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David S. Watson [3]David Watson [3]
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David Watson
University College London
  1.  13
    Clinical Applications of Machine Learning Algorithms: Beyond the Black Box.David S. Watson, Jenny Krutzinna, Ian N. Bruce, Christopher E. M. Griffiths, Iain B. McInnes, Michael R. Barnes & Luciano Floridi - 2019 - British Medical Journal 364:I886.
    Machine learning algorithms may radically improve our ability to diagnose and treat disease. For moral, legal, and scientific reasons, it is essential that doctors and patients be able to understand and explain the predictions of these models. Scalable, customisable, and ethical solutions can be achieved by working together with relevant stakeholders, including patients, data scientists, and policy makers.
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  2.  31
    The explanation game: a formal framework for interpretable machine learning.David S. Watson & Luciano Floridi - forthcoming - Synthese:1-32.
    We propose a formal framework for interpretable machine learning. Combining elements from statistical learning, causal interventionism, and decision theory, we design an idealised explanation game in which players collaborate to find the best explanation for a given algorithmic prediction. Through an iterative procedure of questions and answers, the players establish a three-dimensional Pareto frontier that describes the optimal trade-offs between explanatory accuracy, simplicity, and relevance. Multiple rounds are played at different levels of abstraction, allowing the players to explore overlapping causal (...)
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  3.  49
    Crowdsourced Science: Sociotechnical Epistemology in the E-Research Paradigm.David Watson & Luciano Floridi - 2018 - Synthese 195 (2):741-764.
    Recent years have seen a surge in online collaboration between experts and amateurs on scientific research. In this article, we analyse the epistemological implications of these crowdsourced projects, with a focus on Zooniverse, the world’s largest citizen science web portal. We use quantitative methods to evaluate the platform’s success in producing large volumes of observation statements and high impact scientific discoveries relative to more conventional means of data processing. Through empirical evidence, Bayesian reasoning, and conceptual analysis, we show how information (...)
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  4.  37
    The Rhetoric and Reality of Anthropomorphism in Artificial Intelligence.David S. Watson - 2019 - Minds and Machines 29 (3):417-440.
    Artificial intelligence has historically been conceptualized in anthropomorphic terms. Some algorithms deploy biomimetic designs in a deliberate attempt to effect a sort of digital isomorphism of the human brain. Others leverage more general learning strategies that happen to coincide with popular theories of cognitive science and social epistemology. In this paper, I challenge the anthropomorphic credentials of the neural network algorithm, whose similarities to human cognition I argue are vastly overstated and narrowly construed. I submit that three alternative supervised learning (...)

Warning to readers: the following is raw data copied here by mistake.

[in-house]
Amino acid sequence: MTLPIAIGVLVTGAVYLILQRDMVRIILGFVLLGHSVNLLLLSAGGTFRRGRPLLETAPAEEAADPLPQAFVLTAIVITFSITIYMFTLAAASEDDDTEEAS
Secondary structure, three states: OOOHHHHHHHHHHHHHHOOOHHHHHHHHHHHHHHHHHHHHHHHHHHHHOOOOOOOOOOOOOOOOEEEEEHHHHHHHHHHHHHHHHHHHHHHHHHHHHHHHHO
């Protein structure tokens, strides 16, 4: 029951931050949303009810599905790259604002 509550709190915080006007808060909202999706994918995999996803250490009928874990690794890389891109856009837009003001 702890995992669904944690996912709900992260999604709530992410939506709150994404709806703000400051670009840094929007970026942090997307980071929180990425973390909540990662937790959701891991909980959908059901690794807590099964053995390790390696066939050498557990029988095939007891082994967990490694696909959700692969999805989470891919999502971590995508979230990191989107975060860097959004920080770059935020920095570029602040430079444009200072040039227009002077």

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  5.  15
    Causal Feature Learning for Utility-Maximizing Agents.David Kinney & David Watson - 2020 - In International Conference on Probabilistic Graphical Models. pp. 257–268.
    Discovering high-level causal relations from low-level data is an important and challenging problem that comes up frequently in the natural and social sciences. In a series of papers, Chalupka etal. (2015, 2016a, 2016b, 2017) develop a procedure forcausal feature learning (CFL) in an effortto automate this task. We argue that CFL does not recommend coarsening in cases where pragmatic considerations rule in favor of it, and recommends coarsening in cases where pragmatic considerations rule against it. We propose a new technique, (...)
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  6.  2
    Local Explanations Via Necessity and Sufficiency: Unifying Theory and Practice.David Watson, Limor Gultchin, Taly Ankur & Luciano Floridi - forthcoming - 37th Conference on Uncertainty in Artificial Intelligence (UAI 2021).
    Necessity and sufficiency are the building blocks of all successful explanations. Yet despite their importance, these notions have been conceptually underdeveloped and inconsistently applied in explainable artificial intelligence (XAI), a fast-growing research area that is so far lacking in firm theoretical foundations. Building on work in logic, probability, and causality, we establish the central role of necessity and sufficiency in XAI, unifying seemingly disparate methods in a single formal framework. We provide a sound and complete algorithm for computing explanatory factors (...)
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